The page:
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Wednesday, July 16, 2008

Fearless Cynic

Laughing with Bill Maher

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   Controversial comedian Bill Maher, whose digs can strike the funny bone while hitting a nerve, wants to stimulate critical thinking through the gateway of humor. The fearless if not ruthless cynic, host of HBO’s Emmy-nominated series “Real Time,” will perform at the Riverside Theater on Thursday, July 24.

  We spoke with Maher by phone in early June, discussing politics, religion and the war on drugs. We began by probing about the relevance of his profession.

  “Too many people, especially the younger generation, don’t get their news from real sources but comedy shows, which is a little like reading the CliffsNotes instead of the actual book,” he says. “I guess it’s better than watching ‘America’s Next Top Model.’At least you’re getting some information.”

  Regarding the “dismal credibility and ratings” of the major media outlets, he continues, “there’s been a slow denigration of the quality of journalism because television is owned by big corporations that have to turn a profit.”

  HBO, which picked up Maher in 2003 after ABC dropped his late-night show “Politically Incorrect” for “politically incorrect statements,” does not answer to sponsors. The live television format of “Real Time” includes celebrity guests, politicians and journalists who debate meaty subjects. The discussions often grow heated. In one headline-making episode, Maher jumped off the stage to eject a group of disruptive “9/11 truthers,” conspiracy theorists purporting that the Bush administration purposely destroyed the WorldTradeCenter, from the audience.

  “They are very disappointed in me, but I tried to prove that Bush couldn’t possibly be behind it because it involved planning and it worked!” Maher quips. “During Katrina he couldn’t get a helicopter to the New Orleans Superdome. I just hope that he [Bush] doesn’t have one more giant disaster in him.”

Repairing the Damage

  Maher, a libertarian, believes the “liberal left has gone underground,” bombs have replaced communication and the international community has grown leery of the United States.

  “The world must say, ‘These people aren’t afraid to fight wars in other countries, they just don’t want to get their own civilians involved,’” he says. “We have to repair the image that we value American life above any other life, which is ironic because we pretend to be such a religious people and I can’t think of anything more un-Christian.”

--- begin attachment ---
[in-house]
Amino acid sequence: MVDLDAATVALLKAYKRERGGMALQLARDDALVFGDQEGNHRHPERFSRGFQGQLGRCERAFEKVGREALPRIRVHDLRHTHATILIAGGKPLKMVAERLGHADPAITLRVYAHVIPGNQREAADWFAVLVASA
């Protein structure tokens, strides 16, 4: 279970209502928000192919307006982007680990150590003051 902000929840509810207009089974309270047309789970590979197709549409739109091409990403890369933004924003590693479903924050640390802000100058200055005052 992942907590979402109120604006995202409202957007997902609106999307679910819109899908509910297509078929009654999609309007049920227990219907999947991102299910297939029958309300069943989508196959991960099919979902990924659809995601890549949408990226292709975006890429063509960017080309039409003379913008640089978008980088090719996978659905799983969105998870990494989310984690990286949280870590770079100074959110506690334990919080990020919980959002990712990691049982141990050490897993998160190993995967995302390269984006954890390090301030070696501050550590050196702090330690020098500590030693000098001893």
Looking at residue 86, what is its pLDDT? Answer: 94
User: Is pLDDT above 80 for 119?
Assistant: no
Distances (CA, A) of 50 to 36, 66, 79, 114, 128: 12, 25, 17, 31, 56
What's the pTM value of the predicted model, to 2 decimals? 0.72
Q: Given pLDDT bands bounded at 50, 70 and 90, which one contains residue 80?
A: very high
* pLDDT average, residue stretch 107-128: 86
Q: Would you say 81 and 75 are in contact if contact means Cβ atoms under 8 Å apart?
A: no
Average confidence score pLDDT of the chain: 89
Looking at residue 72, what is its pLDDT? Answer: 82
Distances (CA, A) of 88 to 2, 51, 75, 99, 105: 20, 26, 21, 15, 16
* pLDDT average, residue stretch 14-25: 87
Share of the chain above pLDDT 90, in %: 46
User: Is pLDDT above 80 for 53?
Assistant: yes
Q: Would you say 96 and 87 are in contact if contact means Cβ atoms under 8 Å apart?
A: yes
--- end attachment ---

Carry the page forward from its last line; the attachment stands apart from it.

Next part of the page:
According to a 2008 PEW survey, more than 80% of Americans identify themselves as Christian, and Maher’s targeting of their ideological roots often draws fire. Maher’s followers are anticipating the fall release of his documentary “Religulous” with director Larry Charles of Borat. The film is a “flat-out comedy” that threatens to be a punch in the belly of religious organizations, some of which may not have the stomach to turn the other cheek.

  Before the recent crop of atheist authors such as Sam Harris or Richard Dawkins, Maher tooted the “ridiculousness and dangerousness” of religion. “I’ve been talking about this for 15 years; not that I’m the first: George Carlin should get the props,” Maher says. “Religion is the side of a barn door. If you’re a comedian and cannot hit this target, you should get out of the business. We are, after all, talking about people who believe in a talking snake, or that someone lived in a whale for three days or turned into a pillar of salt.”

  Aside from pummeling sacred traditions and evangelizing atheism, Maher also advocates the legalization of drugs. But he notes that the country is facing more pressing issues at the moment. “The drug cause has dropped a few notches,” he says of his campaign to end the war on illicit pleasure. “At the moment it can’t be more than No. 5 on the list. First, we have to save the planet and get out of Iraq.”

The self-proclaimed ethical humanist will return to a new season of “Real Time” starting Friday, Aug. 29, following his 13-city stand-up comedy tour.

Also from Lora Nigro and Kevin Robert Rutkowski

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